Two nights ago when I turned on CNN at my hotel in Prague, I caught a good deal of Piers Morgan’s interview with Michael Moore, played in a town hall format with a studio audience.
Watching Moore at work can be a frightening experience, as the radical demagogue provides simplistic answers to the growing issue of job loss for the middle class, tanking assets, and growing economic inequality. If you are Moore, it’s all caused by the greed of bankers and capitalists — unlike the days he calls the “golden era” of capitalism, when industry gave people good jobs, and corporate CEOs invested in their businesses and gave back some of the profit they made to people instead of keeping it all for themselves.
Moore knows little. He even argued that things are worse today than during the Great Depression, when he claimed automobile workers could get good jobs at high pay. Moore was obviously confused between the experience of the war years and the post-war age and that of the Depression, when the UAW barely managed to get union recognition after volatile strikes.
But as audience members who looked like regular folks, not like OWS protesters, told their heartbreaking stories of college graduates who couldn’t get jobs, job loss, worthless houses, and the personal crises resulting from these situations, one could see how Moore’s call for a new social movement for redistribution of wealth could gain supporters. Especially given no alternatives forthcoming from others, especially from serious conservatives.
USA Today provides the details about what reporters Marsha Beliso and Paul Overberg call “The Fading Middle Class.” Using Reno, Nevada, as an example, they write:
Reno, which has among the highest rates of unemployment and foreclosures in the United States, is a stark example: the share of income in the metro area that was collected by the middle class fell from 49.8% in 2006 to 45.8% in 2010, the year after the 18-month recession ended.
A USA TODAY analysis of Census data found the Reno area was among 150 nationwide where the share of income going to the middle class — generally made up of households that make $20,700 to $99,900 a year — shrank from 2006 to 2010. Metro areas where the middle class’ share of income dropped outnumbered those where it grew by more than 2-to-1.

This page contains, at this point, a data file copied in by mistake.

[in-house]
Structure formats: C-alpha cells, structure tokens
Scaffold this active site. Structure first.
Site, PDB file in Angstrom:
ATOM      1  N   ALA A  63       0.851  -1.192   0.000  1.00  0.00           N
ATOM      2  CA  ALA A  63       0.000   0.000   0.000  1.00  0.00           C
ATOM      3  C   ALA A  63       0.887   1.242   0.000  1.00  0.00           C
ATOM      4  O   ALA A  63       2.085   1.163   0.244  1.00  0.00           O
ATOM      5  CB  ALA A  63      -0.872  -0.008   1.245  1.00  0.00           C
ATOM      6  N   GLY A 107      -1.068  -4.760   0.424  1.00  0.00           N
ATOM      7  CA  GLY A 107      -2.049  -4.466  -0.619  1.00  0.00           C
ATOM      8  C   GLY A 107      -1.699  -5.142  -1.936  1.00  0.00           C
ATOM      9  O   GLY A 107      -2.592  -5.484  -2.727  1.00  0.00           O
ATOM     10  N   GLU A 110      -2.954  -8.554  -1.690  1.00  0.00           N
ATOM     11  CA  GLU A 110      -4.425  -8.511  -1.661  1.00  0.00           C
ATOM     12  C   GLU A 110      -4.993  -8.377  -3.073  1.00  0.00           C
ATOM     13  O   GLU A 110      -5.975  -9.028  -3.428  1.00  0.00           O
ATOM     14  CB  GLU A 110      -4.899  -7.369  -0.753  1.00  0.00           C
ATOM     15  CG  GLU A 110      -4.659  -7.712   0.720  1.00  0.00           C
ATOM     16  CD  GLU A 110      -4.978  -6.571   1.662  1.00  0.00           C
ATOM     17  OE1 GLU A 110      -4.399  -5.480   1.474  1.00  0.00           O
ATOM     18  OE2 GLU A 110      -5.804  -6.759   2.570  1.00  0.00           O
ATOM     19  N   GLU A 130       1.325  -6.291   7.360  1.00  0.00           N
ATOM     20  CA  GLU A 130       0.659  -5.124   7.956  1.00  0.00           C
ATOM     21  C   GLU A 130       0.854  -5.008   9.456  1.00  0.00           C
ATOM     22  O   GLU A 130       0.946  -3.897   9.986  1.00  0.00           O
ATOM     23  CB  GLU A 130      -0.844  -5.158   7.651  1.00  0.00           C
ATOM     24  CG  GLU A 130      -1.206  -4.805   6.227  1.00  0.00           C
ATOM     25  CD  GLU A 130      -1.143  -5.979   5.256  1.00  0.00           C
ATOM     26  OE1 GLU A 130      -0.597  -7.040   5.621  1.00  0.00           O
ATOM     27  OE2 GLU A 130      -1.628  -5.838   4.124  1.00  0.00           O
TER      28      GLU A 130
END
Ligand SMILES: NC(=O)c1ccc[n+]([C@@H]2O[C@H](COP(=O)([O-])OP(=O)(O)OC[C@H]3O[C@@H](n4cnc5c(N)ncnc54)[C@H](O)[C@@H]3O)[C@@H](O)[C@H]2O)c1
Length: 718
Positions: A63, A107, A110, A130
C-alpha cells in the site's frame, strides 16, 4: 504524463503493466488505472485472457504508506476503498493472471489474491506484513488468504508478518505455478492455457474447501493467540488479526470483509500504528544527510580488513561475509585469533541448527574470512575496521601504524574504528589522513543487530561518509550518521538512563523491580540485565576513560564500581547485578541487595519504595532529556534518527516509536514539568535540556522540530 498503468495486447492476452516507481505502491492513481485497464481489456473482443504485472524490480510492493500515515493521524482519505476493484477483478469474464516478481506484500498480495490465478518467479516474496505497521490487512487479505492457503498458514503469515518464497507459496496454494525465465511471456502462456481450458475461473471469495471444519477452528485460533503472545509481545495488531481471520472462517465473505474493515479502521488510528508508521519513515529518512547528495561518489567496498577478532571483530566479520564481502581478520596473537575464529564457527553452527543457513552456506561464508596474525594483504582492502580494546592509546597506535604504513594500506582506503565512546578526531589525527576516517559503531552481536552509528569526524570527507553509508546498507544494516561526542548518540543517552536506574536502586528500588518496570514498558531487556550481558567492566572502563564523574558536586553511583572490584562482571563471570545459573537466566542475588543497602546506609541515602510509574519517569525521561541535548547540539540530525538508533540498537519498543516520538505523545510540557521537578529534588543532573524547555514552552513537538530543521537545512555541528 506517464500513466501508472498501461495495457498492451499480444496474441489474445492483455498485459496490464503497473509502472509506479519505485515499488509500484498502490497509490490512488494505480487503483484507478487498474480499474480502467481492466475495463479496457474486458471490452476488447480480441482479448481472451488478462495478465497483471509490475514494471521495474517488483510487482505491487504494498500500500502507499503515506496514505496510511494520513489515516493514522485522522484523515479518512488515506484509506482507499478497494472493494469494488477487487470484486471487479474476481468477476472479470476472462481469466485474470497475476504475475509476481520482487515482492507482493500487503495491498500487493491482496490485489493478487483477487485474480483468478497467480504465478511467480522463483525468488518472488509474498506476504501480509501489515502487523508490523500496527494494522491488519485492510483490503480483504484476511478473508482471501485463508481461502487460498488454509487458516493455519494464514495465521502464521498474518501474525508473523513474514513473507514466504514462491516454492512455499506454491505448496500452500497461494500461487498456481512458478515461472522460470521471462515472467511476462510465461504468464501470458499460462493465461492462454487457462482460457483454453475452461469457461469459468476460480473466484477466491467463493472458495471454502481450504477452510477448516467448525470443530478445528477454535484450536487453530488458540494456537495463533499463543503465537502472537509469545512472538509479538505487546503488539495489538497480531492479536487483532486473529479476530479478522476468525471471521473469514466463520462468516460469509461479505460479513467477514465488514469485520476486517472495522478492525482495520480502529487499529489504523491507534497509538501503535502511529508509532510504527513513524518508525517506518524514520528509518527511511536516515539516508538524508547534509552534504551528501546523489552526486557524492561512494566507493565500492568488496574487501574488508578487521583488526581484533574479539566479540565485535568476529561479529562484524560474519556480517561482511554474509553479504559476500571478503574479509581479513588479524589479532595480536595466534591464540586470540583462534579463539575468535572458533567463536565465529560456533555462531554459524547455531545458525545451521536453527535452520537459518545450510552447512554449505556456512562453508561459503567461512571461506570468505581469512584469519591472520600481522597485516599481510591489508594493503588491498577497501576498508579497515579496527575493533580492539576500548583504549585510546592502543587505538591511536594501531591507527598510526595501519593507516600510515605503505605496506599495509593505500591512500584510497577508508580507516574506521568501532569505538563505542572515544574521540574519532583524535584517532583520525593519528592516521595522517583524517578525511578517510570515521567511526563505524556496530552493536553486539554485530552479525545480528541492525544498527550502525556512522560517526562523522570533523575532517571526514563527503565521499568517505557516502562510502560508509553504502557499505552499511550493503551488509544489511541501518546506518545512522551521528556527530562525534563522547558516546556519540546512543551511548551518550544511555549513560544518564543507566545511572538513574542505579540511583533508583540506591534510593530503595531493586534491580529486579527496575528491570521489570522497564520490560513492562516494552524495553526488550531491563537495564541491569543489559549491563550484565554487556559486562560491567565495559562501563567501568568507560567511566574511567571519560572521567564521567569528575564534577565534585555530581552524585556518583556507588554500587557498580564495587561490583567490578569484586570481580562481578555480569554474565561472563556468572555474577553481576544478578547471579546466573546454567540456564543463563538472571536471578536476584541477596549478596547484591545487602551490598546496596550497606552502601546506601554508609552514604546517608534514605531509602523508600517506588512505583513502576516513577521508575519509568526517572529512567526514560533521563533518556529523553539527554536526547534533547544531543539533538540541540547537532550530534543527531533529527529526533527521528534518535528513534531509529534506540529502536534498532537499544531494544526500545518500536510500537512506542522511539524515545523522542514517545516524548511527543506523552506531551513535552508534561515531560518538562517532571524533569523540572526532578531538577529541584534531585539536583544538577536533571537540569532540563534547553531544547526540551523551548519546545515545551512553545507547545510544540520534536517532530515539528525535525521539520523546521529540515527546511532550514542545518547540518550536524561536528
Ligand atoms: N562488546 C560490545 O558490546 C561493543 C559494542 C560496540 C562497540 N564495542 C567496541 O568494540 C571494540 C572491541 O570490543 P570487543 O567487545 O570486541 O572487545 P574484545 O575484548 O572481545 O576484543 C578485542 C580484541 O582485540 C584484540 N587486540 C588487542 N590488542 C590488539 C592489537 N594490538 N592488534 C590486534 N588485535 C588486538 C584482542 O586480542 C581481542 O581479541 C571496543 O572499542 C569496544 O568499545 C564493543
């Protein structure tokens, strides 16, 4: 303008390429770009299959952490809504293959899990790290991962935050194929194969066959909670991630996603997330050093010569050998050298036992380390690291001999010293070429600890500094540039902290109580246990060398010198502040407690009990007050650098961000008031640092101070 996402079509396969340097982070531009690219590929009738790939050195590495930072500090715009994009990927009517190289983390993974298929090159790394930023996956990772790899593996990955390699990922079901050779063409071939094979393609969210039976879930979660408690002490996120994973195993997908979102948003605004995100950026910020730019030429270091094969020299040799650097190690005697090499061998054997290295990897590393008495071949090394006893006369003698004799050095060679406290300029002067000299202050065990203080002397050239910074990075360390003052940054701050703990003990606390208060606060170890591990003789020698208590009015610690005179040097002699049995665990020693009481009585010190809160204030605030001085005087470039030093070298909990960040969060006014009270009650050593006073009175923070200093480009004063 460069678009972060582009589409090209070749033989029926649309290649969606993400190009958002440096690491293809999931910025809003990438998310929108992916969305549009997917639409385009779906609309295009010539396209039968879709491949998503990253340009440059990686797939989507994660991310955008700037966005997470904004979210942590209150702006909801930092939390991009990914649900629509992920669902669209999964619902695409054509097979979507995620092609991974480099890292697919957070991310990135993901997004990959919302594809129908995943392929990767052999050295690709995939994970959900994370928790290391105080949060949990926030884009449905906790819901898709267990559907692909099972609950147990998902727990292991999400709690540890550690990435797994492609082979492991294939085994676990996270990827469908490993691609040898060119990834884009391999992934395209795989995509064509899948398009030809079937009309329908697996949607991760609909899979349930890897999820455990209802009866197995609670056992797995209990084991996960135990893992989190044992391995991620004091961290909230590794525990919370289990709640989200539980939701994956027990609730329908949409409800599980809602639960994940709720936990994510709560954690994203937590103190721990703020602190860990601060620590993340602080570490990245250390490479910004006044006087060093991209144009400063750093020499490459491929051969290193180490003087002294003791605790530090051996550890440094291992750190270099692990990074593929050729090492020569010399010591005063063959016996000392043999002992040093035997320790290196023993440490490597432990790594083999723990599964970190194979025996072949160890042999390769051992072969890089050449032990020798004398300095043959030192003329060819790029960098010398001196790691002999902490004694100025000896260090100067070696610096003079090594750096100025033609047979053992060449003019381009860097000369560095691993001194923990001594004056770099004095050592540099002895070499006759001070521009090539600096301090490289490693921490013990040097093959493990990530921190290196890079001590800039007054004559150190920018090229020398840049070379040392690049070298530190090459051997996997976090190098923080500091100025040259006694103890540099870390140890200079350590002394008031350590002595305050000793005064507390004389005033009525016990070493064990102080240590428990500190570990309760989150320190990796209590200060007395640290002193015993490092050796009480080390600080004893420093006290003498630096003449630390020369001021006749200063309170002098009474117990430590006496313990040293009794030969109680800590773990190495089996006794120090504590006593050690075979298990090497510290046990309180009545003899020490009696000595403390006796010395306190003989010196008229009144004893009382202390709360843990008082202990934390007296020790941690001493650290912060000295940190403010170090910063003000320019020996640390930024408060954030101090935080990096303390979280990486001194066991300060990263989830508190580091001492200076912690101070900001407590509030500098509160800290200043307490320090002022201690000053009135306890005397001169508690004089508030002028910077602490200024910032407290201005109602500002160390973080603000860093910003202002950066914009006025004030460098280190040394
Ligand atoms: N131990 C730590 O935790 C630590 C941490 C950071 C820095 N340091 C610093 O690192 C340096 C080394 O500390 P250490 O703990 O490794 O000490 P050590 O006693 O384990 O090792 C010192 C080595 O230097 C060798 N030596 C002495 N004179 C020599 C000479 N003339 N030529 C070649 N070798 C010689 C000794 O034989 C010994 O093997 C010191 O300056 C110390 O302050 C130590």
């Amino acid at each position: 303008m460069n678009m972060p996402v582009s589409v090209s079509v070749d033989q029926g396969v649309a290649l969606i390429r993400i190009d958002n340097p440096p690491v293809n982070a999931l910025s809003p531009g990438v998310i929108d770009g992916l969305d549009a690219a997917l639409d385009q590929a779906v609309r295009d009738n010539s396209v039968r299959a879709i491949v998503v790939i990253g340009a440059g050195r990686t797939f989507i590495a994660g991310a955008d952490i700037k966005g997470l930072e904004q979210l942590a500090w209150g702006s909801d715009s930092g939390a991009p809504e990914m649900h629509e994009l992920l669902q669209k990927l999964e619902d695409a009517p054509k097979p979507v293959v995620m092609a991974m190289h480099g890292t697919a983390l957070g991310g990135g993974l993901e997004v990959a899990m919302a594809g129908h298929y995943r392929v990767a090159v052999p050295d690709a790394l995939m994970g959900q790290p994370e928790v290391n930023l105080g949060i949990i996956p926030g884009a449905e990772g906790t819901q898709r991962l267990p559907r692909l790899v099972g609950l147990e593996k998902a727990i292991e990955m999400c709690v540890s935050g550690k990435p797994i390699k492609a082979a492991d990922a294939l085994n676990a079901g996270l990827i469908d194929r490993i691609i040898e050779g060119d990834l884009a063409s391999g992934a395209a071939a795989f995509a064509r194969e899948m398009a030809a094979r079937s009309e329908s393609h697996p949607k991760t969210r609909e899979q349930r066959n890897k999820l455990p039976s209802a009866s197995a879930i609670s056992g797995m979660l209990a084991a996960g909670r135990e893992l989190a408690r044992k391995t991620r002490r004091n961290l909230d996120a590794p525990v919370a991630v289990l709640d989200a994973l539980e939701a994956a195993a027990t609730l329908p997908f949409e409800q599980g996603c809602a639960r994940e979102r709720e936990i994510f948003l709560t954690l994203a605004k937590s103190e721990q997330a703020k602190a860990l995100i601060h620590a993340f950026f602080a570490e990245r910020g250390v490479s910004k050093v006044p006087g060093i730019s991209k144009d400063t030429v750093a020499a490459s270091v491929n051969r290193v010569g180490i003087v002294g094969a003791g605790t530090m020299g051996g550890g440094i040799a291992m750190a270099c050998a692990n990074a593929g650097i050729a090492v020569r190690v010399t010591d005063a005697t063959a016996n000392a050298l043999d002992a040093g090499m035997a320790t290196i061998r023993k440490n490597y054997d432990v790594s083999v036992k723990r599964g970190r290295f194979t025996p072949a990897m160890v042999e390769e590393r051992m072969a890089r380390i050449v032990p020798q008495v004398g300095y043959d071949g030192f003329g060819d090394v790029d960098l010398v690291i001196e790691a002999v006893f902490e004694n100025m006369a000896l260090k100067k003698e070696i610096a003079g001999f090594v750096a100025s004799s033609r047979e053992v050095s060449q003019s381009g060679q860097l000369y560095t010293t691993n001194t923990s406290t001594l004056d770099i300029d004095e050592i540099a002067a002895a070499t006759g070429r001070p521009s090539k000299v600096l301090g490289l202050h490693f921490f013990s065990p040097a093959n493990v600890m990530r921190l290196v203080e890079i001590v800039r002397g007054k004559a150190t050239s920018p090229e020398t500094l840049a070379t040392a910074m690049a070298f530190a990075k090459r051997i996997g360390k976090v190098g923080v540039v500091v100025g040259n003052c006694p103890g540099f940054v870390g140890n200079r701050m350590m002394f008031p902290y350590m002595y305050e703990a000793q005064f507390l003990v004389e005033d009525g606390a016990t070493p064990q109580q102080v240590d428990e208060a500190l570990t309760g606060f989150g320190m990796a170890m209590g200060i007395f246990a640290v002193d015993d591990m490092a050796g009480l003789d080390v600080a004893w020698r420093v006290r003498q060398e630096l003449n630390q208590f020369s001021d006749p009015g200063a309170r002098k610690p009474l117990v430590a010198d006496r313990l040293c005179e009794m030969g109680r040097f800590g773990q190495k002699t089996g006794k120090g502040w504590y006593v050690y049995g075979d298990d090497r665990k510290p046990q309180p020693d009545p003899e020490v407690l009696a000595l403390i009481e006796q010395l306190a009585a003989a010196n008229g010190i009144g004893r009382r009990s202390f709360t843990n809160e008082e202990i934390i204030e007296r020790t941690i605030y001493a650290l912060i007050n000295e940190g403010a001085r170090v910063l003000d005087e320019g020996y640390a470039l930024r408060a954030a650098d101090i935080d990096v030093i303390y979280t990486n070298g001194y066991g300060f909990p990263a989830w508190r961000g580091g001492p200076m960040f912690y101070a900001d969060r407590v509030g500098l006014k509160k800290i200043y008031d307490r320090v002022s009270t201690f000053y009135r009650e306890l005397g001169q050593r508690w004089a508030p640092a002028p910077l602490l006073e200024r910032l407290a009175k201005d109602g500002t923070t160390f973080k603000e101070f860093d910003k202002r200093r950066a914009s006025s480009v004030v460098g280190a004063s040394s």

Analysts call it the middle-class squeeze.
College students are also feeling the pinch. The Wall Street Journal reports that “college grads aren’t feeling any better about the U.S. economy or American politics than the rest of the country. In a recent Wall Street Journal/NBC News poll, 80% of white men with four-year college degrees and no graduate education said the country is on the wrong track, compared with 74% of all those polled. These college grads are just as pessimistic about the next year as everyone else: 33% expect the economy to get worse, while only 17% expect it to get better. The article goes on to note that: “On average, wages for workers with four-year college degrees fell by 8.6% adjusted for inflation between 2000 and 2010, according to government data. For them, it has been a lost decade.”
They write: “The unemployment rate for recent college grads is 10.7%. More than 14% of Americans between 25 and 34 (5.9 million in all) are living with their parents, up significantly from before the recession. Nearly a quarter of them have bachelor’s degrees. Having a college degree no longer guarantees a rising wage or a shot at the American dream.”
These statistics indicate why demagogues like Moore can make arguments that resonate, and why the OWS movement may be gaining support. What, then, can conservatives say to address the issue? An excellent start is made in The Claremont Review of Books, by R. Shep Melnick.
Melnick writes “the problem of growing inequality is undeniable and alarming.” He notes, reviewing a book by Jacob Hacker and Paul Pierson, that “economic inequality in the U.S. has increased dramatically in recent decades. On this there can be little disagreement. They show that since 1979 only those at the top have seen their income rise significantly: since 1979, 36% of all after-tax gains went to the most affluent 1% of the population; over 20% of those gains went to the top thousandth (0.1%) of the income distribution. Economic inequality in the U.S. is now greater than at any time since the beginning of the Great Depression.”
While Richard Epstein makes a convincing case for the benefits of income inequality (you don’t make the poor rich by making the rich poorer), it is Paul Ryan who best articulates the distinction between the traditional American belief in a society based on the equality of opportunity and the possibility of upward mobility and a society based on the equality of outcomes: “More bureaucratic, less hopeful, and less free.” (From an October 26 speech he gave at the Heritage Foundation.)